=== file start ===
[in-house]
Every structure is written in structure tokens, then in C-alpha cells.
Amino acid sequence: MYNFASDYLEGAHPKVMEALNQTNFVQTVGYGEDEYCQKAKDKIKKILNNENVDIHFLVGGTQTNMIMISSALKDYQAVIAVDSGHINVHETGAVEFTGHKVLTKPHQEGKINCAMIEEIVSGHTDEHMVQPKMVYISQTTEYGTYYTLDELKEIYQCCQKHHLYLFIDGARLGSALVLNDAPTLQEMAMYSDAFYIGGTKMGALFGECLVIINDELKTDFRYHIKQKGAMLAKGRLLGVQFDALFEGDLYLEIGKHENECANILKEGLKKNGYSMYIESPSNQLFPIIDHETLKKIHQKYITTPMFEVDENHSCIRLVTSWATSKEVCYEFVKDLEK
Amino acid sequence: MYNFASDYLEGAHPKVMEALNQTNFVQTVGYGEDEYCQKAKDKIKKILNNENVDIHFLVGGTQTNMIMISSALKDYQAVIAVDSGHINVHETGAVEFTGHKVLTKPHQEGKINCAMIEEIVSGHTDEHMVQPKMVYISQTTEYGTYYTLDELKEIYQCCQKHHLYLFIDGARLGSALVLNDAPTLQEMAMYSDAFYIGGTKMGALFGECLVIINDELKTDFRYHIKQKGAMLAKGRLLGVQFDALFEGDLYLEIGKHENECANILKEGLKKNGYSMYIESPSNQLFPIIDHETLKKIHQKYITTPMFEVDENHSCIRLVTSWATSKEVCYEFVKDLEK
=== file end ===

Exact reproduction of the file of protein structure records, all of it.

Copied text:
[in-house]
Every structure is written in structure tokens, then in C-alpha cells.
Amino acid sequence: MYNFASDYLEGAHPKVMEALNQTNFVQTVGYGEDEYCQKAKDKIKKILNNENVDIHFLVGGTQTNMIMISSALKDYQAVIAVDSGHINVHETGAVEFTGHKVLTKPHQEGKINCAMIEEIVSGHTDEHMVQPKMVYISQTTEYGTYYTLDELKEIYQCCQKHHLYLFIDGARLGSALVLNDAPTLQEMAMYSDAFYIGGTKMGALFGECLVIINDELKTDFRYHIKQKGAMLAKGRLLGVQFDALFEGDLYLEIGKHENECANILKEGLKKNGYSMYIESPSNQLFPIIDHETLKKIHQKYITTPMFEVDENHSCIRLVTSWATSKEVCYEFVKDLEK
Amino acid sequence: MYNFASDYLEGAHPKVMEALNQTNFVQTVGYGEDEYCQKAKDKIKKILNNENVDIHFLVGGTQTNMIMISSALKDYQAVIAVDSGHINVHETGAVEFTGHKVLTKPHQEGKINCAMIEEIVSGHTDEHMVQPKMVYISQTTEYGTYYTLDELKEIYQCCQKHHLYLFIDGARLGSALVLNDAPTLQEMAMYSDAFYIGGTKMGALFGECLVIINDELKTDFRYHIKQKGAMLAKGRLLGVQFDALFEGDLYLEIGKHENECANILKEGLKKNGYSMYIESPSNQLFPIIDHETLKKIHQKYITTPMFEVDENHSCIRLVTSWATSKEVCYEFVKDLEK